As the end of March nears, so does the loom of Tax Day. With tax filers using technology more and more, there are several things to keep in mind so your taxes are filed safely, and cybercriminals don’t take advantage of your money. Although filing your taxes online is safe, you may be puttin…
President Donald Trump’s decision to impose tariffs on steel and aluminum set off a firestorm including threats of retaliation from a number of nations (including some of our oldest and closest allies), a significant drop in the stock market, and more dissension and division in Washington, D.C.
If you’re a reader of our twice daily newsletters – and if you’re not, why not? – you’ve noticed we devoted a good chunk of last week to reports from South by Southwest in Austin.
When I began covering the computer industry for Datamation magazine in the mid-1980s, my job was to make inroads into the then-burgeoning PC industry. Remember those clunky, boat anchor desktops with screens we wouldn’t allow our lowliest employee to use today? They were all the rage.
Much thought, time and money has gone into the effort to understand and manage millennials in the workplace. The success of that effort varies depending on the organization and the individuals involved.
We take our customers seriously. That’s message number one today. Message number two is a bit of sound advice for all business leaders: Admit when you’ve been wrong in business decisions, particularly with personnel. Say it straight out, “I was wrong,” and move on.
If you are reading this on Tuesday, March 6, it's Election Day – and you still have time to vote. If you haven’t voted already, we can guess what you’re thinking: It’s only a primary. Primaries are just for party loyalists; regular voters can wait until November when the real decisions are made.
It's Election Day and if you haven't voted yet, you still have some important decisions to make. For voters in state House District 99, one of those decisions is an easy one.
When I was a kid, I attended a party with several adults – 18 or 19 years old, at least. I was pretty bored until someone put on this jazz record. I’d heard jazz before. One of my dad’s favorites was a two-record set of Count Basie’s best that I still own.
I love L.L. Bean. It’s a love that dates back to my childhood growing up in Maine, where no business, no institution, no person is more profoundly emblematic of the state than the world-renowned outdoor retailer founded by and named for Leon Leonwood Bean.
On August 28, 1962, Congressman Jim Wright gave me a treasured volume entitled Inaugural Addresses of the Presidents of the United States. In the front of the book he inscribed: “For my valued friends, Don and Wanda Woodard, with very personal regards, Jim Wright.” For more than 50 years I h…
This is a story of dreams, disappointments, determination, hope, family support, and the courage to take risks and follow a dream. A lifelong love of horses is at the center of the tale.
Editor's note: The Fort Worth Business Press will be celebrating its 30th anniversary in 2018 and we want our readers to celebrate as well. Send any thoughts or ideas you have to email@example.com. Meanwhile, here’s a column I wrote about my first days at the Business Press.
My friend Marvin Girouard sent me a year-end 2017 note which was kind and touching. Said he used the holidays to catch up on some reading, including a column or two of mine.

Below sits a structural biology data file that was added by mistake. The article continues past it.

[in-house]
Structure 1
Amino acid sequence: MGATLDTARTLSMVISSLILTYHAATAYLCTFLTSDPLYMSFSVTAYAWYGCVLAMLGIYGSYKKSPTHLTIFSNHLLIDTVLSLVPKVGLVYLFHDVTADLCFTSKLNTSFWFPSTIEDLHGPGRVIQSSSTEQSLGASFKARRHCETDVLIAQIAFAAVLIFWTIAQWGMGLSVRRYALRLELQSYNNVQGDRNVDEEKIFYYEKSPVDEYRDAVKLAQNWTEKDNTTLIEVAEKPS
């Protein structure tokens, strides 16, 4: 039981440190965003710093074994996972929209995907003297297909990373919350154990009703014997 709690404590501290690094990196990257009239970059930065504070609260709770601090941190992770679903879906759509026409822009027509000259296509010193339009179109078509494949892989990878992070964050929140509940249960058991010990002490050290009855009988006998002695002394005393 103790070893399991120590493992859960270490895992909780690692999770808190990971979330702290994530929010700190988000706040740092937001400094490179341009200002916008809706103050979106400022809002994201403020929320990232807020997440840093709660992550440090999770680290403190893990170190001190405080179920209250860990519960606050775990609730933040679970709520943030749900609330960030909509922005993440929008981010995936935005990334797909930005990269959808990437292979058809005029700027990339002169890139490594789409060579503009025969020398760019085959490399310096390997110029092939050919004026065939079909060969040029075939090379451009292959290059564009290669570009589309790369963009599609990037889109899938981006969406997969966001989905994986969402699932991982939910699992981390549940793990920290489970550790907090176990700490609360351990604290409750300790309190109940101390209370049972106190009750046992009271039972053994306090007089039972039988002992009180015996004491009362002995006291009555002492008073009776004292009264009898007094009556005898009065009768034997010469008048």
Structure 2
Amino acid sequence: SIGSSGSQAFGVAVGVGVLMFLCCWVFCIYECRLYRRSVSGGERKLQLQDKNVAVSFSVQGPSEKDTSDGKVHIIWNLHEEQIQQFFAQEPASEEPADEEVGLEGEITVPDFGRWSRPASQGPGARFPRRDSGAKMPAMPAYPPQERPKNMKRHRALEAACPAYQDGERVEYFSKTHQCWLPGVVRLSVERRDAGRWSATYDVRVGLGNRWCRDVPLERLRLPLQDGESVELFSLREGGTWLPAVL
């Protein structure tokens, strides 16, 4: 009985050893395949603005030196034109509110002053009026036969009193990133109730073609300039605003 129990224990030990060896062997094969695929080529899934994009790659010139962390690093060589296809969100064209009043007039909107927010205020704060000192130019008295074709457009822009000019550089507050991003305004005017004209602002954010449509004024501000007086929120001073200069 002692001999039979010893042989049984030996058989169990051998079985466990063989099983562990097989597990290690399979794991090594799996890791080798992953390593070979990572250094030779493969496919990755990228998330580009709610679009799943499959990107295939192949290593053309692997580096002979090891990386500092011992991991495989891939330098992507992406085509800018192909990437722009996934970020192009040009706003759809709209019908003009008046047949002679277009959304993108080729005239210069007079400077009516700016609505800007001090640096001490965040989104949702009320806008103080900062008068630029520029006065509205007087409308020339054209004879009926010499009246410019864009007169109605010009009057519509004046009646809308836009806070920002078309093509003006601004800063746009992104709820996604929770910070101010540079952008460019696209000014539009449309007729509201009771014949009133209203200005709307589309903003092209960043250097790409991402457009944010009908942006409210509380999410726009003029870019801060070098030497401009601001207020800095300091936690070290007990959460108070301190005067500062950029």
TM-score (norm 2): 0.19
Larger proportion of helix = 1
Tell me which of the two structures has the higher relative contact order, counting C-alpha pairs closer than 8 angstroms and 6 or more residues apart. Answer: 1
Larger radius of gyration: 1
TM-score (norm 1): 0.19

This week's Business Press is our last issue for 2017 and we print it while brimming with enthusiasm for 2018. That’s because we turn 30 next year and each week we will be celebrating the milestone.
As the days dwindle down in 2017, many Americans will breathe a sigh of relief. The nation has survived the first year of Donald Trump’s presidency.
If you listen to the Ticket radio station, you may recall a bit by former BAD Radio producer Tom Gribble when he would be “1920s Reporter Guy” and adopt the fast-talking, slang phrase sputtering of a reporter from the Jazz Age.
Fort Worth has a thriving, waistline-bulging restaurant scene these days. Hardly a week goes by that we don’t write a story about a new restaurant opening, expanding or, sometimes at least, closing. And you readers apparently love it. For all the stories about the new tax bill you don’t read…
If, like me, you found yourself glued to your computer listening to the Serial podcast, you’ve probably been seeking something similar to grab your attention.
Police conceded that neighbors had repeatedly complained about Kevin Janson Neal firing hundreds of rounds from his house. Tehama County Assistant Sheriff Phil Johnston said authorities responded to calls several times, but the 44-year-old Neal wouldn't open the door, so they left.
One of the quirks of life in Washington, D.C., is that pretty much the only people who don’t refer to lobbyists by that name are, well, lobbyists. They’re “policy advisers” or “public relations advisers” or just plain “consultants.” Whatever they’re called, they play a huge role in making policy.
Years ago, when I wrote a column in the Star-Telegram where I was publisher, I regularly wrote about my dogs. I had several, but two in particular provided rich material.
Last week, I pondered the importance of mentors in our lives, and on Nov. 8 the point was driven home as the Business Press honored winners of our 2017 Mentor Awards.
On Nov. 7, voters in the Fort Worth Independent School District gave the board of trustees something it wanted: approval of two ballot propositions that included authorization to issue $750 million in bonds.